Some doctrines divide. Others unite. There is a third class of doctrines: those that are misunderstood. Let’s look at one. It’s a big one— one of the two sacraments — baptism. Now, let’s go deeper: Infant baptism. Infant baptism, i.e., the baptism of believers’ little children, is not only rooted in Scripture but was the practice of the Church in the first four centuries after the ascension of Jesus. No scholar has done more to demonstrate the normality of the baptism of believers and their children than Dr. Joachim Jeremias in his scholarly, Infant Baptism in the First Four Centuries. However, history is not our ultimate guide. We must look to the Scriptures.
There is a saying that I often refer to: “Let us cooperate without compromise.” In saying this, I am appealing to fellow believers, “Let us agree on the gospel of Jesus Christ. In those places where we differ in the application of these fundamentals, let us do so with Christian charity, respecting each other’s convictions of conscience on Scripture, loving and respecting one another.” I am under no illusion that my words will convert the thinking of a brother or sister in Christ who is convicted that missionary baptism — “believers’ baptism” as it is also called — is the only way. However, I do trust that my fellow believers will understand the biblical grounds that we appeal to when we baptize infants.
God’s Covenant of Grace Is Seen in Infant Baptism
The baptism of all, whether those in a missionary environment, with a first-generation being baptized or the children of baptized believers, is firmly rooted in the beautiful doctrine of the covenant of grace. In this promise of God, the Lord does for us what we cannot do for ourselves. He provides the righteousness we need to stand before a holy God, as we have none of our own. The Lord provides a substitutionary atonement for our sins. Jesus Christ is the mediator of that covenant. The promise to Abraham was that all the families of the earth would be blessed by him and his acceptance of the gift of God’s grace. God would give two great signs in the Old Testament that are fulfilled in Jesus and continue to this day, even until the second coming of Jesus Christ. One is the sacrament of identification which was given at the very anatomical place of family. The circumcision of all males of Israel, in its first “missionary” conception, included adult males. Afterward, the sacrament would be applied to the male children of those believers. Circumcision is, therefore, the old covenant sign of the cutting away, the washing away, and the grace – grounded inclusion of unworthy sinners into the family of God. That sacrament continues, to believers — male and female — and to their children. As Matthew Henry wrote in his commentary on Acts 2 that it would be inconceivable to believe that Peter would baptize all of those people and then neglect their children. Such an act of sacramental significance, administered in the name of God, would be inconceivable to one reared in the faith of the covenant made to Abraham.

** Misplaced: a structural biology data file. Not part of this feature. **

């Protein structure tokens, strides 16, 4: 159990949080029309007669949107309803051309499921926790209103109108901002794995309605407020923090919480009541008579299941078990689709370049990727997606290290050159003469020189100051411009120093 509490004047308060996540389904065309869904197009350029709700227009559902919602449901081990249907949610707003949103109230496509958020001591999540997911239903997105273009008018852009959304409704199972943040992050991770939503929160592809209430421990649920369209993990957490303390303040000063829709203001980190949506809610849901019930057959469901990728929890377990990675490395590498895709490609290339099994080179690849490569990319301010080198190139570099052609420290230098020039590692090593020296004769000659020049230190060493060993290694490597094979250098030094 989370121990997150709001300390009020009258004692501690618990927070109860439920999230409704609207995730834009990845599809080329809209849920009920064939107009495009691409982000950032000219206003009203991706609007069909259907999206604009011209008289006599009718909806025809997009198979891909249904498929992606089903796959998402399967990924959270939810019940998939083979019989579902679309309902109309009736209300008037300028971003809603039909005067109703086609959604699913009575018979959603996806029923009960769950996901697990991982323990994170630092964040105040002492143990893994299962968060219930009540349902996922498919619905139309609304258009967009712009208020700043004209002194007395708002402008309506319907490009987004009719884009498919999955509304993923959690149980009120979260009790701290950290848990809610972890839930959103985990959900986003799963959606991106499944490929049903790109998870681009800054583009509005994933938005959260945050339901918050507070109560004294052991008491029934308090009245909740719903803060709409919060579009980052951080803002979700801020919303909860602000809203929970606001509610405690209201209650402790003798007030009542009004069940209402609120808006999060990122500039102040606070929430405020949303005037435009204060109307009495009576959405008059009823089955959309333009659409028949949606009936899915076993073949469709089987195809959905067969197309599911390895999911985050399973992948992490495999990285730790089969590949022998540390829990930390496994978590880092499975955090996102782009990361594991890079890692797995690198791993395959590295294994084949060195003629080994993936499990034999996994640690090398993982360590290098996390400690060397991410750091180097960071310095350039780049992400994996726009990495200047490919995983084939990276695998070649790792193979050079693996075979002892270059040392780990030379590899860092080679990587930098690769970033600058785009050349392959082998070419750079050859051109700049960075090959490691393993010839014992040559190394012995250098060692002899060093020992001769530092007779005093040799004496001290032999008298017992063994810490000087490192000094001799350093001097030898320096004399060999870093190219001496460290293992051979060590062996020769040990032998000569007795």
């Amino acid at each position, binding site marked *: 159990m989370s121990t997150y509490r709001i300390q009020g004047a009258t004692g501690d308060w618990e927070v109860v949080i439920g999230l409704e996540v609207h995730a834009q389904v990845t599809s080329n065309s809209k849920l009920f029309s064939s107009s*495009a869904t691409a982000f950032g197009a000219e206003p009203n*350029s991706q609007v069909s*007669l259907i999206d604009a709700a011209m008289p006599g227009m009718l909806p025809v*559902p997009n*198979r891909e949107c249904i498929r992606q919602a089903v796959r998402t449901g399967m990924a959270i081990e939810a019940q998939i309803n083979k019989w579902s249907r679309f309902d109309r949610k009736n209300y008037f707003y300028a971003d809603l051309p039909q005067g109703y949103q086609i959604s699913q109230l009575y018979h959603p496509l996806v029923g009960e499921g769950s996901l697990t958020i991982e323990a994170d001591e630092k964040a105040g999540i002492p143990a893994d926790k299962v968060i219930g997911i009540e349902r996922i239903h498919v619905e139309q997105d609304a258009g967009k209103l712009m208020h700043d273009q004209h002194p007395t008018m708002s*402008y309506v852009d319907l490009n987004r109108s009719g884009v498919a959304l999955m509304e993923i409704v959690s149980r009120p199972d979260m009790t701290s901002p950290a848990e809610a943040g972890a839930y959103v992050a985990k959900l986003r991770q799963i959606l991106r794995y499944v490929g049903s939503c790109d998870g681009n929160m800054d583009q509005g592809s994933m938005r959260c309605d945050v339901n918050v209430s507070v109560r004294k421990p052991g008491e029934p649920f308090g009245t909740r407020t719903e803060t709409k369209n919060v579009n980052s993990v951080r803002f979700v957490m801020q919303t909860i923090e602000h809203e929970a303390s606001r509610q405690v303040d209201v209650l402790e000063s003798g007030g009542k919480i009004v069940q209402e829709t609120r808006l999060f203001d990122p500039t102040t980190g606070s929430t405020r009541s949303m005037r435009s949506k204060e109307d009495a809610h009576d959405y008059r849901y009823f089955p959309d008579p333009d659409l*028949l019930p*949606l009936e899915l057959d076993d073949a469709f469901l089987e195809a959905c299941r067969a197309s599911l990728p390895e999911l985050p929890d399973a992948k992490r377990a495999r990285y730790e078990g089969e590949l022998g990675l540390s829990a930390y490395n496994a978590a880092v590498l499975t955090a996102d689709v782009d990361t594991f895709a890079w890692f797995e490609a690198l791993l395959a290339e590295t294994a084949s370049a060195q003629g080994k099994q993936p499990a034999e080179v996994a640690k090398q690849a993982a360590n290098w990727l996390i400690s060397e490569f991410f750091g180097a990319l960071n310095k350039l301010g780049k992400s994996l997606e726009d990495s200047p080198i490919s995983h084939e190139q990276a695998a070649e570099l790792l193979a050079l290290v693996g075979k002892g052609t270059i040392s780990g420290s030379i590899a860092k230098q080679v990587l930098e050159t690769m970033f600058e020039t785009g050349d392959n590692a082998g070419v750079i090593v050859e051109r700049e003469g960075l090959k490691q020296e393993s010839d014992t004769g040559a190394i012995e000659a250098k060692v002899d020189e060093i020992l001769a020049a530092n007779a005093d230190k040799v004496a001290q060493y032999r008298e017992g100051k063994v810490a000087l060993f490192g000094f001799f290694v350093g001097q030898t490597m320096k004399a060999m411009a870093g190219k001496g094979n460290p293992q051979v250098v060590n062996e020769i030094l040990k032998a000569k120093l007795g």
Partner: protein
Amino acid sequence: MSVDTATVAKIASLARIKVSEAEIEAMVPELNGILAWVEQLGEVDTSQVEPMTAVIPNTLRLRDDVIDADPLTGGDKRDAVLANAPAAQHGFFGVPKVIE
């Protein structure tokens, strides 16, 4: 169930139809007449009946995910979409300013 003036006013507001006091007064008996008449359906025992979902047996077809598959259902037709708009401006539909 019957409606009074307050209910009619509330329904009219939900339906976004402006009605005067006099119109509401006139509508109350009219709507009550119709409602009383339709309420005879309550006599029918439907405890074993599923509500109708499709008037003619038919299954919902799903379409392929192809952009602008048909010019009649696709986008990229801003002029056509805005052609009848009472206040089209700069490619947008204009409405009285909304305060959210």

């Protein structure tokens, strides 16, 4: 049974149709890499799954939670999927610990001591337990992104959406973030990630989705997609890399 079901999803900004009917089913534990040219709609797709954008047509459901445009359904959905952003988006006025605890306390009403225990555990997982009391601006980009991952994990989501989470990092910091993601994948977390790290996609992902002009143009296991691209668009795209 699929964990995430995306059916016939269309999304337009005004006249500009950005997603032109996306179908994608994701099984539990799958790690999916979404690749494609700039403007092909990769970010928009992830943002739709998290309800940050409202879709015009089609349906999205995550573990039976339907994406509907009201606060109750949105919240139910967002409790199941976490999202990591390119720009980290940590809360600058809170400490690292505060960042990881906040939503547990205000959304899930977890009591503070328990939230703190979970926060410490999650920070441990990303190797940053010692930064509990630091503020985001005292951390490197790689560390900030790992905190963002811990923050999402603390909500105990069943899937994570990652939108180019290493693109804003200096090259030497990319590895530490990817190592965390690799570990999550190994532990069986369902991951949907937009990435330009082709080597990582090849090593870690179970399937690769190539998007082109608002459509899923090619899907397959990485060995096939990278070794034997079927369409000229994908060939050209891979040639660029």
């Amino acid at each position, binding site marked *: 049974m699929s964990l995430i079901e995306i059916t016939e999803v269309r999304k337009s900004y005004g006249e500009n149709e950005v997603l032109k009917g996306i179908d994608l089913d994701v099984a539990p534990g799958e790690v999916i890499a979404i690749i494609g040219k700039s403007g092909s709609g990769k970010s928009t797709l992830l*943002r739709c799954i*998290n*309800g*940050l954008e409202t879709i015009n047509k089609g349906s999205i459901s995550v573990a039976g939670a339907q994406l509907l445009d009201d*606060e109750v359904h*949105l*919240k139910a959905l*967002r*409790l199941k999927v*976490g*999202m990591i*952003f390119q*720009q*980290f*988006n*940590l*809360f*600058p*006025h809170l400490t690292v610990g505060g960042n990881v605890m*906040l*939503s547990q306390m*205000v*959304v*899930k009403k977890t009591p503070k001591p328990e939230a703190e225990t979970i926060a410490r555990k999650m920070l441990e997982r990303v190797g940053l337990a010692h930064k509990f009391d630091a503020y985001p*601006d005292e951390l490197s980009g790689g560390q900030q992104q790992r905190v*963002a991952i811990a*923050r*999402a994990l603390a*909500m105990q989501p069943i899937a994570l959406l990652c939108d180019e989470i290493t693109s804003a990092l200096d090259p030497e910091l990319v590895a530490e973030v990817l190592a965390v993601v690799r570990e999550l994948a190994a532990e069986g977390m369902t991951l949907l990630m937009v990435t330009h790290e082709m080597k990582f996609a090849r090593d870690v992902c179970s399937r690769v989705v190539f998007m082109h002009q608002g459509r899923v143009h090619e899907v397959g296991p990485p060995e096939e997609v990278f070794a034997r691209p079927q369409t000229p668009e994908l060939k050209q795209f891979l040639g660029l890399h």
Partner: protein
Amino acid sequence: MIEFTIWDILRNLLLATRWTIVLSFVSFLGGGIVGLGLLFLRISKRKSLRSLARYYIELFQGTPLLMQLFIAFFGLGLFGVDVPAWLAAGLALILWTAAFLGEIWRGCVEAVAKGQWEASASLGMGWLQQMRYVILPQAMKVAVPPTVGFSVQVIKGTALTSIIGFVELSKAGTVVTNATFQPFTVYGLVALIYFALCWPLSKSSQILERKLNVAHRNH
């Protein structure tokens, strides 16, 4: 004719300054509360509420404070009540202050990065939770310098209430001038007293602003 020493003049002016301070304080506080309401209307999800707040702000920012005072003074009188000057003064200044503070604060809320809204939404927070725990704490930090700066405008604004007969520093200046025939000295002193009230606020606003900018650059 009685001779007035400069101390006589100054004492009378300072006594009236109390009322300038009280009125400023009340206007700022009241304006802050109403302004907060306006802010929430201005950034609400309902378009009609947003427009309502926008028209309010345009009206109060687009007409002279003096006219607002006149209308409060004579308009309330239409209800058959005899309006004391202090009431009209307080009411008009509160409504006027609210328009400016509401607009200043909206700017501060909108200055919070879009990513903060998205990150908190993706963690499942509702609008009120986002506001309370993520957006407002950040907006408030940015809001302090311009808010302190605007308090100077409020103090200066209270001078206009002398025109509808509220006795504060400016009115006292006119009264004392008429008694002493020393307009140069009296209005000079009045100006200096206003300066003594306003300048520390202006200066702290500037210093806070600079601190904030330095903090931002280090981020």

God’s Plan for Salvation Works through Godly Lines
Another foundation stone for the baptism of the children of believers, including infants, is God’s desire for a godly line. Several times during an infant baptism I asked the congregation to raise their hand if they heard the gospel, firstly, from one of their or both of their parents. It was a majority, every time. Hence, God’s plan for the church is for unbelievers to come to him and to rear their children in the nurture and admonition of the Lord. There is no greater way than Deuteronomy 6, where the children are grounded in the Word of God from infancy on. Then, as faith matures, the children come to a place where they either receive Christ as their own or not. Of course, there are others who receive him, confirming their faith, only to realize later in life that they had not truly repented. Such is the case in both infant baptism and the baptism of adolescents or adults. The exception does not overrule the norm. And the norm for the church in Jesus Christ is that believers rear their children in the gospel and those children grow and through the power of the Holy Spirit confessing Christ as Savior. And the line continues “unto a thousand generations.”
God’s Glory Is Magnified in Infant Baptism
An often-overlooked foundation stone to the practice of infant baptism is how infant baptism glorifies God. The extending of the covenant sign with the intention that that child will one day profess Christ brings such magnificent glory to God. It is entirely His work of grace and mercy flowing through the great commission to “teach them whatsoever” Jesus commanded. Infant baptism in no way assumes the salvation of the child or even that the child’s faith would be confirmed in later years without the means of grace: the teaching of the parents, worship, Sunday school, family prayer, public prayer, and individual private prayer. All of these expressions of Word, sacrament, and prayer are God-ordained ways that you and I come to be born again through the power of the Holy Spirit.